Fundy East Whale Rescue – FEWR
The Bay of Fundy is home to not only a vibrant fishing industry, but up to 12 species of whales. The International Whaling Commission estimates that 308,000 whales and dolphins die every year due to entanglement in fishing gear. Entanglement can lead to drowning, laceration, infection and starvation.
Until now, disentanglement rescues in the Bay of Fundy all rested on the shoulders of the Campobello Whale Rescue Team, even those just off the coast of Brier Island.
Now the team from Campobello will be able to rely on the newly formed Fundy East Whale Rescue (FEWR) out of Brier Island.
“We’ve toyed with starting a team here for over 10 years,” explained FEWR member Shelley Lonergan. Lonergan’s day job as research coordinator and chief naturalist with Brier Island Whale and Seabird Cruises brings her into contact with the Fundy whale population on a daily basis. In fact, Lonergan can recognize every whale she sees by their markings. If Lonergan doesn’t recognize them, they are probably here for the very first time.
After tragedy struck one of the most loved whales known to the folks on Brier Island, Lonergan spearheaded the formation of FEWR. Foggy the humpback was first brought to the waters off Brier Island by her mother during her first summer in 1987. For 30 years, Foggy came north each summer — her visits recorded since 1990 by Lonergan.
Last July, Foggy was spotted entangled in fishing gear.
“She means a lot to us,” said Lonergan. “When we saw her in the ropes, well, it breaks our heart when we see any whale that’s entangled, but especially when you see a whale that you have followed for so long and that you’ve kind of become attached to. A lot of people know Foggy. School kids know Foggy. She’s been on our Adopt a Whale List for years and there have been a lot of people adopt her because we know so much about her.”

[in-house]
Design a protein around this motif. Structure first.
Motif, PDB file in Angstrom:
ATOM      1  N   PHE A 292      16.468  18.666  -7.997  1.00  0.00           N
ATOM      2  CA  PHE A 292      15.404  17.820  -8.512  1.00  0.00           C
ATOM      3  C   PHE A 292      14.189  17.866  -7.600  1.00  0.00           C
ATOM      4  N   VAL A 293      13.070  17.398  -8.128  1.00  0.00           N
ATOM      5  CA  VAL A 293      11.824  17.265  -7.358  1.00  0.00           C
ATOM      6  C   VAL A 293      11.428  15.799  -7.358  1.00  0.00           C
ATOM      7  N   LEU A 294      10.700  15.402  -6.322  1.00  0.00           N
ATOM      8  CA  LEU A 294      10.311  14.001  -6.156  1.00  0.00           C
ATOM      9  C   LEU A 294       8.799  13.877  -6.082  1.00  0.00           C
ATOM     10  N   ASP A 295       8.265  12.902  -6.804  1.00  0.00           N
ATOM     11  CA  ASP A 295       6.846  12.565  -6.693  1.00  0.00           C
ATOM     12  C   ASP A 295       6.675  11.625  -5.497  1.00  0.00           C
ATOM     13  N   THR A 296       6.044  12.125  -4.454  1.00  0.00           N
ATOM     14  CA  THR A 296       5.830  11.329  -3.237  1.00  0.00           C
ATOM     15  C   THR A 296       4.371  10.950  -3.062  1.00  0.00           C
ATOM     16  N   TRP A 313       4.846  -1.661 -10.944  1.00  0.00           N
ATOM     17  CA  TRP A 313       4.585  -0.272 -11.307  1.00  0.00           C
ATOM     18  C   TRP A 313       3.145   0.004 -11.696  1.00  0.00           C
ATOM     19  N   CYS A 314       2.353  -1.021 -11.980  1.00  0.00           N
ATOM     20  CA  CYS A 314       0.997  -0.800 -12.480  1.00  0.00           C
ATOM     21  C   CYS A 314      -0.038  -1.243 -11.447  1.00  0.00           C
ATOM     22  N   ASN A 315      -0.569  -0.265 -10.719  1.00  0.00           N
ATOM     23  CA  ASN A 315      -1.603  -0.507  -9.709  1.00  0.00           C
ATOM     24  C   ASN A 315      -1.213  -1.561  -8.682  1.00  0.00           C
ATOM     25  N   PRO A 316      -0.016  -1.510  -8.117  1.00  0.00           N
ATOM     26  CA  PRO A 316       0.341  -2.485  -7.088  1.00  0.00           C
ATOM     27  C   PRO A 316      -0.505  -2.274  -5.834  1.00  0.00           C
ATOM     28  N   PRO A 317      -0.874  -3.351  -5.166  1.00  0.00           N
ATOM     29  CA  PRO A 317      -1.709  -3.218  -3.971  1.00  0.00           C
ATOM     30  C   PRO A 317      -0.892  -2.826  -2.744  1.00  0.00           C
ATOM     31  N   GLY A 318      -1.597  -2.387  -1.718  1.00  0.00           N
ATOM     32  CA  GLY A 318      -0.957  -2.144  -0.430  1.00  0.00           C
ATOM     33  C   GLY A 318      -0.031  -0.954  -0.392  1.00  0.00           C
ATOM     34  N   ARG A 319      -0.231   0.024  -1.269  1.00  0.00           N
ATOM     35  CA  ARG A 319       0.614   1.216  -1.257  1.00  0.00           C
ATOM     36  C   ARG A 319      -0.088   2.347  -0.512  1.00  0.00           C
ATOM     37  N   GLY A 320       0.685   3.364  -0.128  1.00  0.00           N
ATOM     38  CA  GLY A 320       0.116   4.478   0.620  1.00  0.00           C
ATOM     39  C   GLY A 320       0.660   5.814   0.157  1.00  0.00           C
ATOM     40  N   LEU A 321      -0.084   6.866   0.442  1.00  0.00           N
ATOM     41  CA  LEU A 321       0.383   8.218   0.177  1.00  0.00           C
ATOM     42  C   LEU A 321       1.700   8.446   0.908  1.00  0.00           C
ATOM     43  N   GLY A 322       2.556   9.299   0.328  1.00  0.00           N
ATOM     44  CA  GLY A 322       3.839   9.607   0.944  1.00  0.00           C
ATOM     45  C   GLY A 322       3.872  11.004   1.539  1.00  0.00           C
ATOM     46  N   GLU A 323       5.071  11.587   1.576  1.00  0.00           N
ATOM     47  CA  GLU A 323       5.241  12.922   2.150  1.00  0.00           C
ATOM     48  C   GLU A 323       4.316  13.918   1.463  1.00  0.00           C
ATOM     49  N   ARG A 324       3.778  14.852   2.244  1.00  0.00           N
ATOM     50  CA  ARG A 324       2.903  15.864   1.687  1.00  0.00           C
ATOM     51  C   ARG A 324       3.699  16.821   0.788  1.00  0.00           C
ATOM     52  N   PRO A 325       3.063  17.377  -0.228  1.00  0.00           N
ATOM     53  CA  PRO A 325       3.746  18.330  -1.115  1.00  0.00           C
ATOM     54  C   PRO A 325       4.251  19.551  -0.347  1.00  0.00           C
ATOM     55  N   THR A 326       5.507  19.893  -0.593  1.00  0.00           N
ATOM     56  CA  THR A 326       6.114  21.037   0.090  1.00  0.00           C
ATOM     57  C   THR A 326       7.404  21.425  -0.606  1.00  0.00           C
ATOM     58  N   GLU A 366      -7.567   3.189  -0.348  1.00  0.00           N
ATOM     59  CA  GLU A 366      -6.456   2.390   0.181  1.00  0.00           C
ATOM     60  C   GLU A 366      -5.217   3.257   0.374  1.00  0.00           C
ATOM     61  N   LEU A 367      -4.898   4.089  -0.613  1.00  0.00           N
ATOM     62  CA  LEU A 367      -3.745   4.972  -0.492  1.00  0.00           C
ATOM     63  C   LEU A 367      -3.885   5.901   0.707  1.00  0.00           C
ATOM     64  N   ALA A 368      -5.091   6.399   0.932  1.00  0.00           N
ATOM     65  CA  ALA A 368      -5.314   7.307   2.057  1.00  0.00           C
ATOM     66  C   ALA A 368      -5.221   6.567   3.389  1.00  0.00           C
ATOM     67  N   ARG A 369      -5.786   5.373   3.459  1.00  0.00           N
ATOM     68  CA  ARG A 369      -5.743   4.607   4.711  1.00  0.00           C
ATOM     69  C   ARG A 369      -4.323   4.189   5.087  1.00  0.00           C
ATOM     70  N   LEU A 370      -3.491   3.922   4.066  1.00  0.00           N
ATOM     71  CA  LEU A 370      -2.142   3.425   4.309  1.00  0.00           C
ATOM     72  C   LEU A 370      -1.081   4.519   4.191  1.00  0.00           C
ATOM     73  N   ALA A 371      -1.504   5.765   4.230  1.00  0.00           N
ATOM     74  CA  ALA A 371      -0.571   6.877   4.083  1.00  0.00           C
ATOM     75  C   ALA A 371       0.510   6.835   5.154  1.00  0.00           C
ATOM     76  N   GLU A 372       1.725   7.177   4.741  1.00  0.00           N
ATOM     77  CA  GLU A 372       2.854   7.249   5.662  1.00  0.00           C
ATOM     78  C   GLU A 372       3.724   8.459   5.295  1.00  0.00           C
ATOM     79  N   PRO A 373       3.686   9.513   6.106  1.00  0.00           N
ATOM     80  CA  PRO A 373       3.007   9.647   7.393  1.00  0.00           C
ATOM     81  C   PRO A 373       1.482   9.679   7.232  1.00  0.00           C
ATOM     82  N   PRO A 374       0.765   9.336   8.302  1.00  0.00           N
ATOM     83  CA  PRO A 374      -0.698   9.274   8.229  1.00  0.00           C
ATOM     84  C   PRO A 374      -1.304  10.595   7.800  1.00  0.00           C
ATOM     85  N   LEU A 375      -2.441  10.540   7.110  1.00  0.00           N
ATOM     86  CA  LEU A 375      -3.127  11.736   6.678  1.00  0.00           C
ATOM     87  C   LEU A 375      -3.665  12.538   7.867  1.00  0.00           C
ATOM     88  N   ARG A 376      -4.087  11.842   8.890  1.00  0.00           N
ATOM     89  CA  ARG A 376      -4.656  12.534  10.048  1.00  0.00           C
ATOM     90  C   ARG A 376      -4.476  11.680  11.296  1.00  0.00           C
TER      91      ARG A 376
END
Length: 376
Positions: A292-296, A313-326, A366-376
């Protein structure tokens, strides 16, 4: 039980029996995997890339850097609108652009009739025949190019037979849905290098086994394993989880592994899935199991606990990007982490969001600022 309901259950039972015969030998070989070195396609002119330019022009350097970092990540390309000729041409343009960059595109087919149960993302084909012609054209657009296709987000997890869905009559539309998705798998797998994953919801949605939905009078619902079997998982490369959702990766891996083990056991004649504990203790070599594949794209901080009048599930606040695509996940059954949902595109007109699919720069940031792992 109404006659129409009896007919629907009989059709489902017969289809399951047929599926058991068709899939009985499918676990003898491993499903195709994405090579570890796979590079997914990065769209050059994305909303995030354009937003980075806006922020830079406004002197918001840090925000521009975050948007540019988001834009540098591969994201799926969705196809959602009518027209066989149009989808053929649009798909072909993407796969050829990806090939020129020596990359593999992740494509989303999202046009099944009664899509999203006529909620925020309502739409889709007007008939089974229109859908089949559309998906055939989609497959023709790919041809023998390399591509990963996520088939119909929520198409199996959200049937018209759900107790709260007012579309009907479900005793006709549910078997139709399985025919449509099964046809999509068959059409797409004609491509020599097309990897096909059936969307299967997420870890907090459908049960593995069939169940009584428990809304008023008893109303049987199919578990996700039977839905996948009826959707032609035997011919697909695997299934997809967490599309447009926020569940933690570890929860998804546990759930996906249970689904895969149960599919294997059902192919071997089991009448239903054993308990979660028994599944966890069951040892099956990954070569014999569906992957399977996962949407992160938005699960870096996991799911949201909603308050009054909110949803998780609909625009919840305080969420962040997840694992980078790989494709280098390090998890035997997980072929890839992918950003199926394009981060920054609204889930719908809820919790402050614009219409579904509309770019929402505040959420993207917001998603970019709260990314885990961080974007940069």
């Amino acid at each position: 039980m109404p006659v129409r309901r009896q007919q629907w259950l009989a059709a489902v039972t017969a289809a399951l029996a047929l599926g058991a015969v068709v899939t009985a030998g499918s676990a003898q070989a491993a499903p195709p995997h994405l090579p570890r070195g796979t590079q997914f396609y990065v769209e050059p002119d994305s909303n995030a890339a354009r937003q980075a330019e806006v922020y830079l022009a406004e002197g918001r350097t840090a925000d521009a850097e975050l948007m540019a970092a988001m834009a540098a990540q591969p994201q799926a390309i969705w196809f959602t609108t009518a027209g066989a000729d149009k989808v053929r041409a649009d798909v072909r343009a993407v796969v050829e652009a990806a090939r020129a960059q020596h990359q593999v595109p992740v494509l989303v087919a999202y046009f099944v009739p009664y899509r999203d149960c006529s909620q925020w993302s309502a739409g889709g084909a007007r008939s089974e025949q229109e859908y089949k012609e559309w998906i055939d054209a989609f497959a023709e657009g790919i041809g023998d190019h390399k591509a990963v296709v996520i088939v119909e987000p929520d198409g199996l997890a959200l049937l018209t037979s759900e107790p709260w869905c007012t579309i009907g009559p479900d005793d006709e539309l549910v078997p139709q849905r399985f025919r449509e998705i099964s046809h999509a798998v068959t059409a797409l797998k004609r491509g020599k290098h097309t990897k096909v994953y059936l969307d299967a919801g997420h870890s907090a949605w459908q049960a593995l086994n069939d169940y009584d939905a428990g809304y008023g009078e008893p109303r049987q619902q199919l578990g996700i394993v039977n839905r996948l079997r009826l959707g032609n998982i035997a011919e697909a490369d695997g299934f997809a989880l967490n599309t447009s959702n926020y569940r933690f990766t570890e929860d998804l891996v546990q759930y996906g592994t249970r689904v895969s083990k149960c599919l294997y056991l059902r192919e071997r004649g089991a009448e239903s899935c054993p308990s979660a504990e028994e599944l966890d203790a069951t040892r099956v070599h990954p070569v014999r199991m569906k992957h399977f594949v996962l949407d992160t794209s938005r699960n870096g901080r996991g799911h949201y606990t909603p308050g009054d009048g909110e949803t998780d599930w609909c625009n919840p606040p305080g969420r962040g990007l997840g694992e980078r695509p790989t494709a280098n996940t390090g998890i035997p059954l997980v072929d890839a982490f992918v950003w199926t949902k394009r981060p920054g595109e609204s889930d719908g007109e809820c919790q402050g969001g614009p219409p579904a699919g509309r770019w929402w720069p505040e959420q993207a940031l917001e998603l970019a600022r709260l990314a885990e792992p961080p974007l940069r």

The Campobello Whale Rescue Team was called, but it takes two to three hours for them to respond to a call in the southeast part of the Bay of Fundy.
“Any time she was sighted it was later in the day or when the weather wouldn’t permit the Campobello team to get over here,” explained Lonergan.
The end result was that no disentanglement attempt was made. After Aug. 1, Foggy wasn’t seen again.
“We’re not sure what had happened to her,” said Lonergan sadly.
The situation with Foggy brought home “the need for a team to be situated right here on Brier Island so we can get out there in less time,” according to Lonergan.
She went to work, got folks interested and set up the training. FEWR is a non-profit organization that will rely on the generosity of the public. The group has had lots of help getting off the ground from Brier Island Whale and Seabird Cruises.
“We’re running it (FEWR) out of Brier Island but most of the members are from Long Island, too. Also, we will rescue whales that are found off both islands,” explained Lonergan.
Last year, FEWR bought a 20-foot infla
table which will now be used specifically for its disentanglement calls. It will be kept on a trailer and “it will take maybe 10 minutes to get it in the water,” said Lonergan.
That means a much faster response time to call in the southeast part of the Bay of Fundy and more chance of positive outcomes.
The training that began last October will be ongoing.
“If Campobello gets called out to an entanglement, we will get called out as well so that we can see what they are doing and we can take part in what they are doing, just to get more hands on experience,” explained Lonergan.
In 2016, there were two reported incidents of entanglement near Brier Island — Foggy the humpback and a right whale. In both cases, the Campobello team was unable to respond and the fate of both whales remains uncertain.